28 Oct 2011
Microelectronics center will lead 17-partner effort to develop tandem organic solar cells, with a focus on lifetime improvement.
IMEC and its 16 partners have officially begun working on a new €11.9 million project to develop multijunction organic photovoltaic cells with much-improved efficiency, lifetime and cost.
Although organic PV holds much promise as a source of cheap, clean electricity, at the moment the technology is limited by the relatively low efficiency of cells suitable for mass production, as well as degradation issues and process uniformity.
While champion-cell conversion efficiencies of more than 10% have recently been reported, that level is not routinely achieved on the production line or in modules.
Under the IMEC-led project, labeled “X10D” and funded with €8.55 million via the European Commission’s Framework Programme 7, the partners are aiming to change that with the demonstration of 1 cm2 organic cells with a 12% conversion efficiency and 100 cm2 modules operating at 9%.
But it is the lifetime and cost aspects which IMEC is highlighting: “Moreover, the X10D project has set its goal to guarantee a minimum of 20 years lifetime for OPV modules on glass, and 10 years on foil, and to decrease the cost below €0.70 per Watt (peak),” it says.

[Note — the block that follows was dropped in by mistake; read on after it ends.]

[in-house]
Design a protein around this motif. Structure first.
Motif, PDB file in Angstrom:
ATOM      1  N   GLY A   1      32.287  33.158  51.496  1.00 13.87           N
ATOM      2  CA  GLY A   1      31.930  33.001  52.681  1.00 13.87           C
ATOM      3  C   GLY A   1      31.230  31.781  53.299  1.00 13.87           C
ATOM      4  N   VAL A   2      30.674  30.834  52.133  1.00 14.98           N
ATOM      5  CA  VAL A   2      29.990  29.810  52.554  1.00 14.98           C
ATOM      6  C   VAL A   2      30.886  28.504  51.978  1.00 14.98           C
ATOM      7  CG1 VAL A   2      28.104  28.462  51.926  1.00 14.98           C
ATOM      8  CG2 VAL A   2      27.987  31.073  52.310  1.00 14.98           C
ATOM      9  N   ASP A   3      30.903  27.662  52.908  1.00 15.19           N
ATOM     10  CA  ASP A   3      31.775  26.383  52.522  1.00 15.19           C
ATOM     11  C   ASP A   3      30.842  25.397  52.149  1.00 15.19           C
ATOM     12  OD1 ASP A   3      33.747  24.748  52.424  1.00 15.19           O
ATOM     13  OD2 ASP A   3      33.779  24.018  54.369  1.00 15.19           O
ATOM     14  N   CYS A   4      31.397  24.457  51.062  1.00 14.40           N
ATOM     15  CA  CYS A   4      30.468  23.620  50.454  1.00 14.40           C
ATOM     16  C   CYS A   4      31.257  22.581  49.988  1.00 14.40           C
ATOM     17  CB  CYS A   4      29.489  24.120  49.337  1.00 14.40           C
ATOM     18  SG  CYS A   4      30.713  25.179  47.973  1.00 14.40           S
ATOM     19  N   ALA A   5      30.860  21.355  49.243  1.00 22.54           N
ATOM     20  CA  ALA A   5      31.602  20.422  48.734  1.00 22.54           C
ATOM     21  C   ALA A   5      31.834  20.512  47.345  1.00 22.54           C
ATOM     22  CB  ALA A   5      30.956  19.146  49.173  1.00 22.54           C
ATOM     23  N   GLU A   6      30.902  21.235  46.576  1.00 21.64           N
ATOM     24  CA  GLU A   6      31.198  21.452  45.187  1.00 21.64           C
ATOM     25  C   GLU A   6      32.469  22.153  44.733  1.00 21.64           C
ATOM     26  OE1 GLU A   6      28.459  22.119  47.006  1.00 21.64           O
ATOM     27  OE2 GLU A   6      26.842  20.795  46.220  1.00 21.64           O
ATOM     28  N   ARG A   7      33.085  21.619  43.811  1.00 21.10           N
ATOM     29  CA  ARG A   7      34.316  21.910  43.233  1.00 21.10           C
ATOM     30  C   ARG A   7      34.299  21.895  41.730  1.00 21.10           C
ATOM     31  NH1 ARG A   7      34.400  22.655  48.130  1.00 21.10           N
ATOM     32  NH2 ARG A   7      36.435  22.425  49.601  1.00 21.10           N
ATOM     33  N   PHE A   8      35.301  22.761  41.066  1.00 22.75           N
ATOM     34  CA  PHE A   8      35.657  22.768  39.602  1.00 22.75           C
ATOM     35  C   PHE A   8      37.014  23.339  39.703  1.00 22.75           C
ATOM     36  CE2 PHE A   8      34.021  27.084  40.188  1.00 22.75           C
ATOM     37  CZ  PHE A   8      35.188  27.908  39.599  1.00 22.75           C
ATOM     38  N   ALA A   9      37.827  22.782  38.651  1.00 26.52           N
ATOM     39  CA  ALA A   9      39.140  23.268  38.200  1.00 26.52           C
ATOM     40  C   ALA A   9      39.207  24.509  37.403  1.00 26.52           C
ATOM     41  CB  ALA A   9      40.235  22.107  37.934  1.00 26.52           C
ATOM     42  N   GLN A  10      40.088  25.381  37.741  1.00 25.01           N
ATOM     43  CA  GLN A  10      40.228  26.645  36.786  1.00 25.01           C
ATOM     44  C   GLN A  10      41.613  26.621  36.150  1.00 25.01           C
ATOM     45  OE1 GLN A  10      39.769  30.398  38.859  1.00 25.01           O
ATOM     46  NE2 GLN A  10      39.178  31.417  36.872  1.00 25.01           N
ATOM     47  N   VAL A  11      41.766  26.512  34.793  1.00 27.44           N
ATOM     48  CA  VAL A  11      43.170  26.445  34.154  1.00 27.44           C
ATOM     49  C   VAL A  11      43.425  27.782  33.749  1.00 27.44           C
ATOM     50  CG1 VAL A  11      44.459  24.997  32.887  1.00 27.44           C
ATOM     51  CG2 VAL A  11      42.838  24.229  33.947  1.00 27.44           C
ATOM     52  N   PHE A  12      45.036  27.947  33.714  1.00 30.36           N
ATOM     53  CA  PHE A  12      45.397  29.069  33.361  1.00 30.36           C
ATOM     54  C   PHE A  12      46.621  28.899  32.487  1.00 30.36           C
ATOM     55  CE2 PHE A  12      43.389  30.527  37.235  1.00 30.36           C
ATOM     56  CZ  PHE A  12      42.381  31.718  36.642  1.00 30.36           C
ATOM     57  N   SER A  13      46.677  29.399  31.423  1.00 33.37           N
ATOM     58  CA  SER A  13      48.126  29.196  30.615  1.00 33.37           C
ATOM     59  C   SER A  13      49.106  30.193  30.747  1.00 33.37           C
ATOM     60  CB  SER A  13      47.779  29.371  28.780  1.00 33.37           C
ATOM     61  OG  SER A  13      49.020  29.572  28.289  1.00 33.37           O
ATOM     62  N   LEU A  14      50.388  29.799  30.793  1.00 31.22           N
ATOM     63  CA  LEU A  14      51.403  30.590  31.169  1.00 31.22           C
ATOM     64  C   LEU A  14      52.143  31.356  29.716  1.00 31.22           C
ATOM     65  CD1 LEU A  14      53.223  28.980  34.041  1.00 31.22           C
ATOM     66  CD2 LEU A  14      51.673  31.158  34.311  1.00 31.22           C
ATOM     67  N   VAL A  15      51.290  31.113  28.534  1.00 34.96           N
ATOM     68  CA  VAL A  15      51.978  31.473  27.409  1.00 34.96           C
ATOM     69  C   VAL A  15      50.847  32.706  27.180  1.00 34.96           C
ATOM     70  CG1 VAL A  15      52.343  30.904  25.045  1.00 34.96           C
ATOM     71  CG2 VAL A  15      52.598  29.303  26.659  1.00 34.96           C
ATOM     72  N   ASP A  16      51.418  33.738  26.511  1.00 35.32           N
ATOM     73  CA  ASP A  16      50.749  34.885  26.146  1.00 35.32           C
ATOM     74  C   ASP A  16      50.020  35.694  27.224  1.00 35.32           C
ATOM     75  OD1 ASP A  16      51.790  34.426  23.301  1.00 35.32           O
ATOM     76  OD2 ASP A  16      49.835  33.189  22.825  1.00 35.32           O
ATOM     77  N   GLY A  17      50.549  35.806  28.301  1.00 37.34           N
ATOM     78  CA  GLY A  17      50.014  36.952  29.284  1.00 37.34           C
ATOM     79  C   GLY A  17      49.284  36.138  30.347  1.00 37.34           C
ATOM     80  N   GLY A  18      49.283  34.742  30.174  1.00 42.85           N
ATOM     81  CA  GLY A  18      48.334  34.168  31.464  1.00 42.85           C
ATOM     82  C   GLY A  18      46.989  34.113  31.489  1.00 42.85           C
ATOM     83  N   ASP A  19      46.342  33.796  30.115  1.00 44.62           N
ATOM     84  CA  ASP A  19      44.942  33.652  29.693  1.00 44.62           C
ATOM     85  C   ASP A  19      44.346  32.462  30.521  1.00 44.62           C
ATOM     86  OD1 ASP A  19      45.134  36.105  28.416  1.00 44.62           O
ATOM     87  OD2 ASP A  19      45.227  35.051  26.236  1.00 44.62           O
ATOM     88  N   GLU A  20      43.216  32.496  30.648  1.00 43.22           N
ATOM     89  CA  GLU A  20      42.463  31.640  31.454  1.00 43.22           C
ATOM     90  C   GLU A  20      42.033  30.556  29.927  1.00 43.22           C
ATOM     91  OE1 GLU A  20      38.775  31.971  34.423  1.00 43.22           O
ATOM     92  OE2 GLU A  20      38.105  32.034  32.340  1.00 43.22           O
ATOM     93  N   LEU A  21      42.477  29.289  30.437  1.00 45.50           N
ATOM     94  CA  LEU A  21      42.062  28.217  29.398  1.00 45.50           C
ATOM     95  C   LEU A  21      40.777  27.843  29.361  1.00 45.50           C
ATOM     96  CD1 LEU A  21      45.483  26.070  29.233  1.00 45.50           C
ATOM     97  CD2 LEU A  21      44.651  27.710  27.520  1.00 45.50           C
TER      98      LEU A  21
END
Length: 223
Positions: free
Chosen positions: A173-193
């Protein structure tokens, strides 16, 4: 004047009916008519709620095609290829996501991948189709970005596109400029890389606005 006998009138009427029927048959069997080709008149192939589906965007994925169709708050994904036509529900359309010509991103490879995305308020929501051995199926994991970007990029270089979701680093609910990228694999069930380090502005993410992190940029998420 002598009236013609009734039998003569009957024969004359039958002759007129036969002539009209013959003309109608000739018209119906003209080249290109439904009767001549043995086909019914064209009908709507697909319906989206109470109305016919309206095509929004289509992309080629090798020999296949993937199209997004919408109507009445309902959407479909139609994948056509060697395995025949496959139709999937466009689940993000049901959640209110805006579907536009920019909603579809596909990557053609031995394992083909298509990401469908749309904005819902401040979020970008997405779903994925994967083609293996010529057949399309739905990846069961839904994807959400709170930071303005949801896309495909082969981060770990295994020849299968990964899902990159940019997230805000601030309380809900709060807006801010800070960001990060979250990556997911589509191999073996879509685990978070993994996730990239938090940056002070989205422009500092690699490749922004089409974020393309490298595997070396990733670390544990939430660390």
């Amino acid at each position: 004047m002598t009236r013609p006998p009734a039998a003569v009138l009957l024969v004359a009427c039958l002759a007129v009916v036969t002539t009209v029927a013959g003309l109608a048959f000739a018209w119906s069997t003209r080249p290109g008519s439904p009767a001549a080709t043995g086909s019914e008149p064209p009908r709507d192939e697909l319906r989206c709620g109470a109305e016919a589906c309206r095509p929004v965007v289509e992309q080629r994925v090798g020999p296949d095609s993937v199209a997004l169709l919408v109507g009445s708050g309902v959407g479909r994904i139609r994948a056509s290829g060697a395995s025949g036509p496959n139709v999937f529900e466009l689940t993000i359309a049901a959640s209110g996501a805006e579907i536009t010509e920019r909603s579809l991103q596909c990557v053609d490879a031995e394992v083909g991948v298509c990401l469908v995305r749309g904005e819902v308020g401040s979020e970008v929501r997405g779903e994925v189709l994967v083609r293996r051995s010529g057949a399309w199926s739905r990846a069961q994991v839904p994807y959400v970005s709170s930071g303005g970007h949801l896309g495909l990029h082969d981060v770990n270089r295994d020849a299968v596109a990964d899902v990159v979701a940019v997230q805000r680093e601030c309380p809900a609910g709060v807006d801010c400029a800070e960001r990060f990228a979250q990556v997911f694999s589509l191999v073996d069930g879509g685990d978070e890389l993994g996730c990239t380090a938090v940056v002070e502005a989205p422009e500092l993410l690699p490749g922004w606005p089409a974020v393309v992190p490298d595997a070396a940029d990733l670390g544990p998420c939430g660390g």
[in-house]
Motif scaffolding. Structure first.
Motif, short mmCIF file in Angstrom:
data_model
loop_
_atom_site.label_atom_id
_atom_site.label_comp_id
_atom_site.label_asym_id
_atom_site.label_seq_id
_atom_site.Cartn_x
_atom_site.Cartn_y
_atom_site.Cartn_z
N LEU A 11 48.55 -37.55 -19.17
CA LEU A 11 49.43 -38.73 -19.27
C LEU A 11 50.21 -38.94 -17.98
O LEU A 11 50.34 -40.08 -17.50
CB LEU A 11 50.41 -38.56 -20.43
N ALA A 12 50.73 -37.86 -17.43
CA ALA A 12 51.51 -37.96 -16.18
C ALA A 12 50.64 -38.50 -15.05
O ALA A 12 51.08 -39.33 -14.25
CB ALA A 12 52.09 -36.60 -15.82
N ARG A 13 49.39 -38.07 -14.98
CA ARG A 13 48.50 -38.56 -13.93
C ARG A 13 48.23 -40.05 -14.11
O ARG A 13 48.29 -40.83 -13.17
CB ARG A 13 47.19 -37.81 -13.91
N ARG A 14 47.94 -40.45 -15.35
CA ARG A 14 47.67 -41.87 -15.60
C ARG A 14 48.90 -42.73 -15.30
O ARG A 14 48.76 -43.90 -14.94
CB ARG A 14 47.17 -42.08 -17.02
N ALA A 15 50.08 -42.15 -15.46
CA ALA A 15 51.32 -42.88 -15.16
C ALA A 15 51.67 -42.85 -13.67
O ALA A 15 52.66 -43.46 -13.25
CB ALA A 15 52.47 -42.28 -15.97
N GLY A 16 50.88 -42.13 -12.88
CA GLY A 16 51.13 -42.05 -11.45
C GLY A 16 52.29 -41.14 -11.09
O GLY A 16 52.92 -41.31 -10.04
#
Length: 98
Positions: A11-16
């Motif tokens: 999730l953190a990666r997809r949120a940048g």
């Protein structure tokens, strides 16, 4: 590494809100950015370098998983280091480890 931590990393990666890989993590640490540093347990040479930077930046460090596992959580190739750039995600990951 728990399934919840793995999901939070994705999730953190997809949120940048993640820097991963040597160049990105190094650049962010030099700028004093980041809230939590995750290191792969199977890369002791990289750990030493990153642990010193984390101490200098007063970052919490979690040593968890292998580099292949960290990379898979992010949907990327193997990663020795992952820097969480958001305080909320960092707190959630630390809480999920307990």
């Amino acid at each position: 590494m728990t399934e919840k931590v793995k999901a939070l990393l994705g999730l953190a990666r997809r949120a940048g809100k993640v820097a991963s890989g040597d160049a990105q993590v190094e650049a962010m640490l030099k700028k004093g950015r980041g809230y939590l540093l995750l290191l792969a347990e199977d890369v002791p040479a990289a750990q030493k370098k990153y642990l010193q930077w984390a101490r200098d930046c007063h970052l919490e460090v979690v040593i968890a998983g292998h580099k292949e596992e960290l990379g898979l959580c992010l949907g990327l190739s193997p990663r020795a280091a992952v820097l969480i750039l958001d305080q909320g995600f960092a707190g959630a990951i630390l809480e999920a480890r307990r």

The project will focus on tandem, or multijunction cells with either two or three terminals. “X10D will develop new designs, materials and manufacturing technologies for market-competitive organic photovoltaic modules,” states the consortium. “The objective is to develop efficient, low-cost, stable tandem organic solar cells.”
The work, which will take place over three years ending September 2014, will incorporate both solution-processed and small molecule organic PV, with partners at every level of the value chain, from materials to end users, included.
Among the commercial partners in the project are Germany’s Heliatek – recognized as a leader in the emerging organic PV field and whose small-molecule tandem cells have shown a champion efficiency of 8.3% - and the UK start-up The Solar Press, which is backed by seed funding from the Carbon Trust and Easyjet founder Sir Stelios Haji-Ioannou. The Solar Press is developing PV modules based on conjugated polymers.
Other commercial partners in the project include the French wing of materials company Arkema, the chemicals firm Solvay, and the imaging giant AGFA-Gevaert, whose legacy photographic film manufacturing processes could potentially be used for volume organic PV cell production in the future. Germany’s 3D-Micromac, which specializes in laser micromachining, is also involved. For the full list of partners in the collaboration, which is being co-ordinated by IMEC’s Tom Aernouts, visit the X10D web page.
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